As for your son . . . I feel your pain. Some of it is the age (from about thirteen until . . . ?). But it is exasperating, isn't it?

    I've lived with the older child who went to high school (after being homeschooled for eight years) and dealt with the comparisons between the "superior education" he was getting there versus what his brothers were getting at home (I was wounded, if you want the truth). He made the mistake of making one of those disparaging remarks within his father's hearing once.

    Gary asked him "Who taught you to read?"

    Jeremiah replied (mumbled) "Mom did."

    "Yeah? Are you sure? Are you sure you didn't teach yourself? And what level were you reading at by the time you were fourteen?"

    "College."

    "Huh. Tell us again what your high school entrance exam score was, will you?"

    "College level," My son began to look uncomfortable.

    "Wow. And did you manage that all by yourself? 'Cause I'm thinking you didn't--I think you had a little help. Like maybe in the form of a homeschooling mother."

    Jeremiah acknowledged that just maybe his dad had a point.

    It didn't stop him from being obnoxious about it ever again, but he was more careful.

    I did find some of his insights useful and I learned to make use of his inside scoop on things for my third born who will be going to high school next year. Asking his advice occasionally went a long way toward making him feel like he was still a part of things at home--which I suspect was at the core of some of his criticisms.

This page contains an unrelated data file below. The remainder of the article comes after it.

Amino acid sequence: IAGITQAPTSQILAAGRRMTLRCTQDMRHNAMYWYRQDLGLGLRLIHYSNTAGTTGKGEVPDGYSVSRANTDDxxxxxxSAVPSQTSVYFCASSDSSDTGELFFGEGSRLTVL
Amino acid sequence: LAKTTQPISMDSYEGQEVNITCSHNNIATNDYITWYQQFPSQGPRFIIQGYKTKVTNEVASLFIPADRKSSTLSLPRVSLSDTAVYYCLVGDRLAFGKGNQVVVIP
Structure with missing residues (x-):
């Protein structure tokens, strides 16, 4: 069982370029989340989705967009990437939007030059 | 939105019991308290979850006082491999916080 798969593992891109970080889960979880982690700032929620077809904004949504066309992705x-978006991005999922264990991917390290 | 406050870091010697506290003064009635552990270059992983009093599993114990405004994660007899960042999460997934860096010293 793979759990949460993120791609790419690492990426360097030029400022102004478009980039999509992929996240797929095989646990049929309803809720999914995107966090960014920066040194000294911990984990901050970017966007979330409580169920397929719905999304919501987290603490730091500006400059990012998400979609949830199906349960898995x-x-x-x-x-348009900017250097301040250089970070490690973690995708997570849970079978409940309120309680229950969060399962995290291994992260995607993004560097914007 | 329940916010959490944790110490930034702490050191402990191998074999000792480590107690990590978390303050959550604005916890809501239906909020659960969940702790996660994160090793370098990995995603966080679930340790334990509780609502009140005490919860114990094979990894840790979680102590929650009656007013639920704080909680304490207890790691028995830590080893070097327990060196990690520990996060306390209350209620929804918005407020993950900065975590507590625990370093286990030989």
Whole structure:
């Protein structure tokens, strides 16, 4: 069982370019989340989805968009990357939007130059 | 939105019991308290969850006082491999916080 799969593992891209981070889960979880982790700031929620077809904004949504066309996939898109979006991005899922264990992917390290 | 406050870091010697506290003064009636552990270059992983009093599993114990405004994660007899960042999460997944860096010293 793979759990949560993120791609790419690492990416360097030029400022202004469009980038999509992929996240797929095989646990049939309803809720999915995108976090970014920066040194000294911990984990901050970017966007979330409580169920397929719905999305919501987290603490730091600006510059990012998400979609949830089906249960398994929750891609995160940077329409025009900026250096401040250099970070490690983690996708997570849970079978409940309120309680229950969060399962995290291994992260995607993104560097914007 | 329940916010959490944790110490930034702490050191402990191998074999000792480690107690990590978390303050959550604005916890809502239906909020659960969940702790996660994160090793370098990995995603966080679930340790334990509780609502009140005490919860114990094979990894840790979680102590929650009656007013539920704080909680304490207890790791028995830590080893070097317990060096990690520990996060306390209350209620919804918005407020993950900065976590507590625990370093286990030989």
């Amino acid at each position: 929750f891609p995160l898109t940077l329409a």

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  3. 1900 hours? Isn't that child abuse, making a child learn that much? And what if your children aren't equal with their friends because your children's academic skills are higher than their school-taught friend's skills? That could lead to hurt feelings and further inequality. You'd better be careful. It sounds like you're getting carried away with this education stuff.

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  4. Mrs. C., I think when your kids are done with home schooling you should get certified and go into education yourself. If you could stand being an administrator, with your family background and experience you would be fantastic at sorting out the kind of school problems like that supposed "calming down" room!

    Eileen
    Dedicated Elementary Teacher Overseas (in the Middle east)
    elementaryteacher.wordpress.com

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  5. Harry, you have not been drinking the kool-aid they serve at some of your faculty meetings, obviously. Don't you know that the party line is that all homeschoolers are abusive by their very nature? :P

    Eileen, I don't think I could stand it!! To me it would almost be like joining the Democratic party to try to "reform" it from the inside! I don't know how Christian educators can stand it sometimes, but thank God for 'em!

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  6. Bahaha, I jump in with other parents who mainstream when they 'homeschool'

    We don't have a suggestion as to how many hours a year.

    Saying 12 weeks a year for holidays, (though I think we have more) that is 25 hours a week. Doesn't sound much at all really.

    I should add too, Unschoolers do not consider us unschoolers as we do worksheets etc.

    Do you find people quite 'snobby' for want of a better word, when sharing what style/curriculum they use?

    ReplyDelete